Janie
This was boring and confusing. This is the plot as far as I can tell.

(view spoiler)...more
Seth McDiarmid
I wanted to read this book because I was intrigued by its cover.

Yup.

There were several things about it that I enjoyed, though not enough to outweigh the incredibly heavy feeling of hopelessness that its narrator injects into every sentence and was left clinging to me like a co-dependent teenage girl. It left me screaming, "what the heck was the point?" I hesitate to buy into the thought that this was the author's intent, but if it was...genius.

I enjoyed the voice a great deal, though not the ton...more
Amanda
Will is a tormented teen dealing with the deaths of his father, stepmother, and several classmates in this obtuse story. I remember hearing people talking about this book when it came out, and figured it was worth a read, since it won a Printz honor, and I've liked his other books. When I finished, I had to look at the reviews to figure out what the hell anyone liked about it. The PW review summed up my feelings precisely: "this airless novel does not reward the effort required to penetrate it."...more
Jacqueline Rejas
I don't know about the others but I liked it. It's a bit confusing at first but then you get used to it. I initially though that Will has some kind of mental condition like dual personality that is why he keeps on referring himself on a 2nd person's POV. However I realized that he was talking to himself, an internal struggle, pushing himself to say what really is on his mind, to be honest on what he feels. I guess at the end of the book he tried to commit suicide and the totem was for him; howev...more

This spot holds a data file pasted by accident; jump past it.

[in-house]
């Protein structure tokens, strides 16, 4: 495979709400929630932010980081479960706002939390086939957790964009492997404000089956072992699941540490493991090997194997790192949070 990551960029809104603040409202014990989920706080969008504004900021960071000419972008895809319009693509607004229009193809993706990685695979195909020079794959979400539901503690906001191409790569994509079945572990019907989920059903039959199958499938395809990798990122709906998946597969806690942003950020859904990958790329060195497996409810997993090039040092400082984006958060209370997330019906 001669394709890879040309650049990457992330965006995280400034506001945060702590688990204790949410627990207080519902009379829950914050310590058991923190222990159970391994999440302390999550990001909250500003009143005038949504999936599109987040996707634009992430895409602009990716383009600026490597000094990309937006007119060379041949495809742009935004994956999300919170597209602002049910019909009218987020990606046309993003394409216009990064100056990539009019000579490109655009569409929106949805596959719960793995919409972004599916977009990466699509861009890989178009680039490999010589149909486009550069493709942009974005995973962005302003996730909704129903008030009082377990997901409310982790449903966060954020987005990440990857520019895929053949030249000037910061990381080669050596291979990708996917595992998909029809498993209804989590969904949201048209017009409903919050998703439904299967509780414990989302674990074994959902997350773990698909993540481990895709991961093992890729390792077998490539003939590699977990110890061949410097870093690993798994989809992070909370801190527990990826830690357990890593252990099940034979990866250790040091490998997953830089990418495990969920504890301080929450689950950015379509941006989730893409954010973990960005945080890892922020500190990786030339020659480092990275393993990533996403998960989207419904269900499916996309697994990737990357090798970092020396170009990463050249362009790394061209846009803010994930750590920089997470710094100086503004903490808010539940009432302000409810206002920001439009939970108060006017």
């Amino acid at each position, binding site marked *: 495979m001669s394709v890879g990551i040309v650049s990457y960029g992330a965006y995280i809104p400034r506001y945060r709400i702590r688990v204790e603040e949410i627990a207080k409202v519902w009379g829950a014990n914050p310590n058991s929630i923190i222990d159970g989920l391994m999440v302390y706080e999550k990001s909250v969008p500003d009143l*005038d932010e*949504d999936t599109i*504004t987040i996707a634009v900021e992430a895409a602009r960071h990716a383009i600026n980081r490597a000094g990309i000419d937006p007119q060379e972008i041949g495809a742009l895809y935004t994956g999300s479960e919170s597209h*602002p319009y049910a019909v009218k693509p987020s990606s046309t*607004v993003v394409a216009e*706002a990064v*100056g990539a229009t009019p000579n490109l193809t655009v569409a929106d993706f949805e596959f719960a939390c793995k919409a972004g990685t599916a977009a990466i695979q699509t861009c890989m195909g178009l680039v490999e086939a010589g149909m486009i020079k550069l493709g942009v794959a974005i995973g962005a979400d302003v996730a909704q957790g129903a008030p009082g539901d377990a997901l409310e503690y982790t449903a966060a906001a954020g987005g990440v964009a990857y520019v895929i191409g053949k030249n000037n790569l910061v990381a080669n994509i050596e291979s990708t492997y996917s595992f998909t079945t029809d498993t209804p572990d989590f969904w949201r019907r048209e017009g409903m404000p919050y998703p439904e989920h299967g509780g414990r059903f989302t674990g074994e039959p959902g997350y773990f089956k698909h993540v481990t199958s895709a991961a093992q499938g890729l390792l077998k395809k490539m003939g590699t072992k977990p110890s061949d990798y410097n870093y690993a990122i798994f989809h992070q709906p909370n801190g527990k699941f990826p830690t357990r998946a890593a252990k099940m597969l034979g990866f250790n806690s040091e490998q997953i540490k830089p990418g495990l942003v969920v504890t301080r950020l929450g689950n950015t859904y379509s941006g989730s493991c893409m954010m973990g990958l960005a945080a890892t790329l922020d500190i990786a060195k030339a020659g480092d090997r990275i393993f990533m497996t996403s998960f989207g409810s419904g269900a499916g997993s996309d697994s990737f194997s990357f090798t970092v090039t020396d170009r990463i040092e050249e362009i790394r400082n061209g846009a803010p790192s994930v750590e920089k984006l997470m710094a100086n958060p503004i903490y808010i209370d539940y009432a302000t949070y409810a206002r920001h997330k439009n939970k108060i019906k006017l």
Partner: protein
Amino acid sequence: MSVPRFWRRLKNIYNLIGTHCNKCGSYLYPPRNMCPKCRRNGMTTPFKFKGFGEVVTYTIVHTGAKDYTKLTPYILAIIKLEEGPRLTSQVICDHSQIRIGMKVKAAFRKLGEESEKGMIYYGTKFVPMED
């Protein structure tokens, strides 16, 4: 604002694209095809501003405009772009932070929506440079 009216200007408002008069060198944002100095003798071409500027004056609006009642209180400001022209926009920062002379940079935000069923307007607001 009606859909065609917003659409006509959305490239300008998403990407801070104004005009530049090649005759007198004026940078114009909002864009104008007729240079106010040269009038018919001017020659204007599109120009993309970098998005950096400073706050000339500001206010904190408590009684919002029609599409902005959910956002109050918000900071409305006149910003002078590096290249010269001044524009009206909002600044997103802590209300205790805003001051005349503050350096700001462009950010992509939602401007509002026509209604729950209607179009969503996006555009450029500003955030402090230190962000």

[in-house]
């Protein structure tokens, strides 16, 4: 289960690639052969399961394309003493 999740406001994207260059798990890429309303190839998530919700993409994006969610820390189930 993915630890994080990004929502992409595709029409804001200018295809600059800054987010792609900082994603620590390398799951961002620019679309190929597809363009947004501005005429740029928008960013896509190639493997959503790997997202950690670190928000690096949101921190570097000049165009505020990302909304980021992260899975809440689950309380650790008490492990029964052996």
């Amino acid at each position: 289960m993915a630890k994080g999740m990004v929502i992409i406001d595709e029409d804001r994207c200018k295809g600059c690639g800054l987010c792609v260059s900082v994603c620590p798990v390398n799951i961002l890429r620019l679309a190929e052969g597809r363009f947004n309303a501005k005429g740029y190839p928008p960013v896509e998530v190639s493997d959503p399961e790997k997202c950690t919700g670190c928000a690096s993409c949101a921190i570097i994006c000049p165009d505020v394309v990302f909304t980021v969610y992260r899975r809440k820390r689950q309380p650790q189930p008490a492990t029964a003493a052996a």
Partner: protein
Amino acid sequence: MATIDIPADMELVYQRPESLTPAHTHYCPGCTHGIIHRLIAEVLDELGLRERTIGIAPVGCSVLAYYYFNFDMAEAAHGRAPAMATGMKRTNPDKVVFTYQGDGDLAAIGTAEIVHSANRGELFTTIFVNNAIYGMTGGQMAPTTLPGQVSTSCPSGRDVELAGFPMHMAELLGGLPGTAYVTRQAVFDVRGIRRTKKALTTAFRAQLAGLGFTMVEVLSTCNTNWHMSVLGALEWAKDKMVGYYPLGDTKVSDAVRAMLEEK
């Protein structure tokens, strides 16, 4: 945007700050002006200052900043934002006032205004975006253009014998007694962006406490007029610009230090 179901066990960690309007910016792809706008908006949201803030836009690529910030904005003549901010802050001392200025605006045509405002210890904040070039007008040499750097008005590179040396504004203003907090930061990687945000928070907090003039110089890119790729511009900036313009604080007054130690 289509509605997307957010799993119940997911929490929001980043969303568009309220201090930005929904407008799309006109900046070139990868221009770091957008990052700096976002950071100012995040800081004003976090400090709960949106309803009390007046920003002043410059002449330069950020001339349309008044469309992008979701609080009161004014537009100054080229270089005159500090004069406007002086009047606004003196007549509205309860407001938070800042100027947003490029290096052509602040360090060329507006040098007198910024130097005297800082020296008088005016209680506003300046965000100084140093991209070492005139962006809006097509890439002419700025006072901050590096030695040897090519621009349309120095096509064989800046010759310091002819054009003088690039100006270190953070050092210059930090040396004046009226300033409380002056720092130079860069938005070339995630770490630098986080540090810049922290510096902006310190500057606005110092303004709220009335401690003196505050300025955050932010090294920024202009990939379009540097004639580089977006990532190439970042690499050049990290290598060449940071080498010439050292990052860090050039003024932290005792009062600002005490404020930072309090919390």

Sherry
THIS BOOK SUCKED. You could stop reading my review right there and get all the information necessary to make a decision about whether or not you want to give this book a shot....However, if you want to hear a little more... This book sucks because:

1. I never knew who was talking! Thoroughly confusing dialogue which skipped around and back and forth and I could never tell who had just said the last bit of emotional garbage because the book is written in SECOND PERSON. Who does that? NO ONE DOES T...more
Rozheanne Hilario
Okay so I bought this book because I liked the blurb at the back. It was catchy and it will really invite you to read it. But when I started reading, I was so confused because of the 2nd person POV. Well it's not just that, but the whole story is confusing. I mean one moment the wooden object's with Will, and then it appears in the "suicide places". It's like staring at an object and when you blink, BOOM, it's gone. It went to another place, and because it's written in the 2nd person POV, you wo...more
Marsha
Tedious, dreary, needlessly convoluted and boring beyond belief, it was all I could do to wade through this portrait of the artist as a young bore. Will’s interior monologue is relentlessly centered on himself and he appears to be suffering some kind of mental deficiency. You’re not sure if it’s a form of Asperger’s or amnesia. Either way, it makes him a total dullard.

The whole novel reads like one long strange interlude. Every word or sentence from someone else sets off a blizzard of inner comm...more
Danielle
What I didn’t enjoy about this book was how the format was set up. This story was told in 3rd person omniscient, which made the storyline difficult to follow and understand who was telling the story. Also, you couldn’t tell the difference of reality and Will’s thoughts throughout the book. Investigators said there was no proof that he could have committed any of the crimes, but in his thoughts he said he was responsible for the deaths of teenagers. Lastly, the author didn’t contain enough infor...more
Nicholas